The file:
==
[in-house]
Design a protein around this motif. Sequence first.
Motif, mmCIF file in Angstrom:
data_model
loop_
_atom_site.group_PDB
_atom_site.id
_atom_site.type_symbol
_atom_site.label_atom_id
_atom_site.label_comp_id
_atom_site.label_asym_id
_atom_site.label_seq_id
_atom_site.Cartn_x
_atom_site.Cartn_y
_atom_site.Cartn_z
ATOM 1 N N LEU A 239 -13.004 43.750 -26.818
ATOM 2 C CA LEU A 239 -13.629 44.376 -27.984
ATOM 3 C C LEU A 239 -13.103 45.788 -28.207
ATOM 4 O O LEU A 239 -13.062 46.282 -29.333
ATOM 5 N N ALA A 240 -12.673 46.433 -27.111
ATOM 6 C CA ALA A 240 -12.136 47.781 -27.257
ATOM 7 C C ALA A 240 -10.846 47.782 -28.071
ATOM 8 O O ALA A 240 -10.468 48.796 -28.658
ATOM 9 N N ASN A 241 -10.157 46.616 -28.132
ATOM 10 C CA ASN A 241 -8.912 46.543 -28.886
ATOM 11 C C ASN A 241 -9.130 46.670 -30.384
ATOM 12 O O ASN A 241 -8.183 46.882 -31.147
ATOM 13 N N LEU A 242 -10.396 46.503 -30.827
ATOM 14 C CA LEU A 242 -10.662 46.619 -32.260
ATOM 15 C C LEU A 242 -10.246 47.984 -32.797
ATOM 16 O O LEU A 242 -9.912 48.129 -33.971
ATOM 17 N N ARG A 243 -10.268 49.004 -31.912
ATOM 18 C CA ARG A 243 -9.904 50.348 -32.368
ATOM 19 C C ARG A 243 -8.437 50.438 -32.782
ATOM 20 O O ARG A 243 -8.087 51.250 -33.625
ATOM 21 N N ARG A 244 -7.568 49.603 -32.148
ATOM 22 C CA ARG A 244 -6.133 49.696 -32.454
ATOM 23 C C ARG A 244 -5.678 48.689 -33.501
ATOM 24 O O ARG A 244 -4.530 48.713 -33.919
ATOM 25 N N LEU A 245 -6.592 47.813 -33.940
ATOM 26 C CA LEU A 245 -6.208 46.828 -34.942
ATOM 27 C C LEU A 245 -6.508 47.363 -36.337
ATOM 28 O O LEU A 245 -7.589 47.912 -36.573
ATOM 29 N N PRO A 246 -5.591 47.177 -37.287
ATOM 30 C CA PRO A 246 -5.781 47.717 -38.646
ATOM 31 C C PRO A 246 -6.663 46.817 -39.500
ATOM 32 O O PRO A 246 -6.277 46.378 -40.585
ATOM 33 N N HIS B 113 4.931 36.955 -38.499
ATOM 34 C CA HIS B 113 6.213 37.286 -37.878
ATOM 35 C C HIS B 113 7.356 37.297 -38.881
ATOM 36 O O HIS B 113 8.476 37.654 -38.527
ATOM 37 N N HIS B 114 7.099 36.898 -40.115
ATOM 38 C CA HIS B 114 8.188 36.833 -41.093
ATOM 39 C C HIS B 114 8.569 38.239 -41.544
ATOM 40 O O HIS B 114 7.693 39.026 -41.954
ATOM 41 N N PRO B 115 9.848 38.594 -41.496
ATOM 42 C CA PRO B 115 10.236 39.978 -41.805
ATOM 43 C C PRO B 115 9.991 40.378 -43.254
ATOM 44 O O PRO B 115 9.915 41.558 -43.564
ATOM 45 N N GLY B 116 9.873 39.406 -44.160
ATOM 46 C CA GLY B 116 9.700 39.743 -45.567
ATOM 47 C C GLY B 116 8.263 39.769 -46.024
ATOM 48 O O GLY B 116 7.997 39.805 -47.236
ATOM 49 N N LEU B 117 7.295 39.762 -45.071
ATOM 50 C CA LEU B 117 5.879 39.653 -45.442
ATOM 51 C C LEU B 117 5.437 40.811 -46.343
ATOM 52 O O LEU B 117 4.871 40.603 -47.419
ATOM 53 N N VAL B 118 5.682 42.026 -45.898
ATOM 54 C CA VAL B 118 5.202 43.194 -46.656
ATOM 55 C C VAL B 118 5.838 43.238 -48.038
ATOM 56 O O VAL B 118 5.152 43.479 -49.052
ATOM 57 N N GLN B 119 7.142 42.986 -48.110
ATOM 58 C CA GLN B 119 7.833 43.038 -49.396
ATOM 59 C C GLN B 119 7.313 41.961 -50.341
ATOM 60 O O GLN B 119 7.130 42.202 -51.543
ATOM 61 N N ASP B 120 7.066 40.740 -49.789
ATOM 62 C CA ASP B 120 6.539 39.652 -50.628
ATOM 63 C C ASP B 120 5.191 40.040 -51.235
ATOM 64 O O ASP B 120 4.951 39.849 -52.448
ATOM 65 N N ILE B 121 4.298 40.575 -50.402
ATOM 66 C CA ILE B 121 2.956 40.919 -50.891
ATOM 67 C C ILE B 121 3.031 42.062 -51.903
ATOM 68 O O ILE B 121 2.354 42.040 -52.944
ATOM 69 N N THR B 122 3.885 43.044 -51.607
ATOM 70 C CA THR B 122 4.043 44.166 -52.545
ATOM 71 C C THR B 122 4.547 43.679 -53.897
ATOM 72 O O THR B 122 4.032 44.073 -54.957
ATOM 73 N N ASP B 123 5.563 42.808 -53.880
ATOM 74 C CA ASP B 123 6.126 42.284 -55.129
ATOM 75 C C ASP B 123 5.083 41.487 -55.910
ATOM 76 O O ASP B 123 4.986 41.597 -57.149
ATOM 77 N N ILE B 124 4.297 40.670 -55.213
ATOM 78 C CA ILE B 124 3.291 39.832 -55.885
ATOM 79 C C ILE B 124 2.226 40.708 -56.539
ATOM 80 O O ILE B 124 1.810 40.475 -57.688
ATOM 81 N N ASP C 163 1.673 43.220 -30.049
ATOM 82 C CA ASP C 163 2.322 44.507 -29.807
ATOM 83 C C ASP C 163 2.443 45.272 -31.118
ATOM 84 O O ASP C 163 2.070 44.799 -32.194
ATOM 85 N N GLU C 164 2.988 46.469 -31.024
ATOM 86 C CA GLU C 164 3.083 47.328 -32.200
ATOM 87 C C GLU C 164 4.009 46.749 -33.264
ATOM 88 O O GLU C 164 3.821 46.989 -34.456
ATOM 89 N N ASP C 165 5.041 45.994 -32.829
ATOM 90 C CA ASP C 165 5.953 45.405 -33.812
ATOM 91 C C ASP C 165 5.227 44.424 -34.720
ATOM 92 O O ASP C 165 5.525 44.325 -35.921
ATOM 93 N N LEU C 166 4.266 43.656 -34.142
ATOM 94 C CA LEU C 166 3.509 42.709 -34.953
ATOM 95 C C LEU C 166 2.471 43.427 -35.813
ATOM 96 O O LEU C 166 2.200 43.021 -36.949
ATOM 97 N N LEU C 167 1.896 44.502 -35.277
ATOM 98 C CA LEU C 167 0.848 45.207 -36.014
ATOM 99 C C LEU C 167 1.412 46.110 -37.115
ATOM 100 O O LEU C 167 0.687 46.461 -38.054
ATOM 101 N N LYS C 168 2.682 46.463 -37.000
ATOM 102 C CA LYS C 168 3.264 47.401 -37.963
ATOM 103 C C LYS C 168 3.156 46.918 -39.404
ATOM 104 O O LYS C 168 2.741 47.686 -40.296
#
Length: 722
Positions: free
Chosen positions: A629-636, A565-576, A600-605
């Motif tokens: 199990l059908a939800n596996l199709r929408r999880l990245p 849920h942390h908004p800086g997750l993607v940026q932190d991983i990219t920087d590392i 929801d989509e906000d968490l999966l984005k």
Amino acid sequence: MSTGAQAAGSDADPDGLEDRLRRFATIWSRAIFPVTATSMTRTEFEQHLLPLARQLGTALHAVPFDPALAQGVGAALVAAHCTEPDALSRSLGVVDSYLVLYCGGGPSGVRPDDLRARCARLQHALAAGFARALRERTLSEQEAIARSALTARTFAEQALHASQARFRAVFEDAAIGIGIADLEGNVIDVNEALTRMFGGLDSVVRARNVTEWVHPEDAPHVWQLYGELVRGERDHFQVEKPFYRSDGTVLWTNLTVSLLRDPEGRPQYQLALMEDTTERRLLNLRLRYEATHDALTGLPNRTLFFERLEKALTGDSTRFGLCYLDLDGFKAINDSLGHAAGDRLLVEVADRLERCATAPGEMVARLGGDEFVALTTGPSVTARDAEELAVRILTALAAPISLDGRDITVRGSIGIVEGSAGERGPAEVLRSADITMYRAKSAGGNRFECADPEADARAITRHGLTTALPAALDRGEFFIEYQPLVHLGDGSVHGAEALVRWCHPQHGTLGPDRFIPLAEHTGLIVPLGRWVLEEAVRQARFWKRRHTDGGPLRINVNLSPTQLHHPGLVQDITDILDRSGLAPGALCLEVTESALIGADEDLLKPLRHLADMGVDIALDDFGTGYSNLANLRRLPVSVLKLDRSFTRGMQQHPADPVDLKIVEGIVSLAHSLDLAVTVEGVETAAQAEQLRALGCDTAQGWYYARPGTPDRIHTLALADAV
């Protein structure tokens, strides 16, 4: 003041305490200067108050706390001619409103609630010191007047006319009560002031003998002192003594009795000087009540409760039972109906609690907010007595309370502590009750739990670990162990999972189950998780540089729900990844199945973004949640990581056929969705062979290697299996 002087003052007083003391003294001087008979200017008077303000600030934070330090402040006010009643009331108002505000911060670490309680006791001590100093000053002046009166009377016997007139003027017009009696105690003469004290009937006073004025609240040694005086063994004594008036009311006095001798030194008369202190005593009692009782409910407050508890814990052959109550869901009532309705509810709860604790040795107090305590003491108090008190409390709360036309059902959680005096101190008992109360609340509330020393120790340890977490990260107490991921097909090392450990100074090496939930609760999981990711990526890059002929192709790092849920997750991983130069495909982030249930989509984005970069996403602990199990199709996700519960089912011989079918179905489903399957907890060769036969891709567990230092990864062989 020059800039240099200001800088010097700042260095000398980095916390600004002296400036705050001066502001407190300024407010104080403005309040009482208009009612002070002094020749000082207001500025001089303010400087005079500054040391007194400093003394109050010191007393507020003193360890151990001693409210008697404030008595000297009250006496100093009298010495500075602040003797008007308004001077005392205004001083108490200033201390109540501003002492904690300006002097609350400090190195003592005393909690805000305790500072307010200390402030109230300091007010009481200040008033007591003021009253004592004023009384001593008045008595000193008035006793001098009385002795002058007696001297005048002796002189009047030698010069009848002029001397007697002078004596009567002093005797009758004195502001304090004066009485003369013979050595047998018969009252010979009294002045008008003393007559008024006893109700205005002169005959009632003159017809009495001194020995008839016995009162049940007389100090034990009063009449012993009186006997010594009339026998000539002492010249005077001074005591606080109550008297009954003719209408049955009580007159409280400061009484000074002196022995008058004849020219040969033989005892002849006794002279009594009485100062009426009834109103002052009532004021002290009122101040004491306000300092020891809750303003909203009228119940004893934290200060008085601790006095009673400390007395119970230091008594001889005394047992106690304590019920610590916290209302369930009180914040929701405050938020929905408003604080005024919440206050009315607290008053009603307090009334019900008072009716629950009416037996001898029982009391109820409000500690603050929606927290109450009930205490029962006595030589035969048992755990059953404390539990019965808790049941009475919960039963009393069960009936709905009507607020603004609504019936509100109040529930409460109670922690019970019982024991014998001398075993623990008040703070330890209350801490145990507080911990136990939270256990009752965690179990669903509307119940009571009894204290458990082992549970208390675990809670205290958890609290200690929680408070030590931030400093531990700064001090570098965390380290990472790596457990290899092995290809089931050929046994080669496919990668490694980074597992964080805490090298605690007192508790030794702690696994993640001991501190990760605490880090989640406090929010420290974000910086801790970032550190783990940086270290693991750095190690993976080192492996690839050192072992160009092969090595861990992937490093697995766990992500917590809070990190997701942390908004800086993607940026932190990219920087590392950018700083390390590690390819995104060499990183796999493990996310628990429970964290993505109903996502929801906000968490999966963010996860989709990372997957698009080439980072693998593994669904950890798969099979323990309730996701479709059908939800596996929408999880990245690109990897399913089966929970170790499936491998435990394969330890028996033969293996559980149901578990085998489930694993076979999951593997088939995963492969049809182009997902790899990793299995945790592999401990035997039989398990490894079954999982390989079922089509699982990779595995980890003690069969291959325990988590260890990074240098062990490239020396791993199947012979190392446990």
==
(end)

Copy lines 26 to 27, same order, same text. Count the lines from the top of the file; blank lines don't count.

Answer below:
ATOM 11 C C ASN A 241 -9.130 46.670 -30.384
ATOM 12 O O ASN A 241 -8.183 46.882 -31.147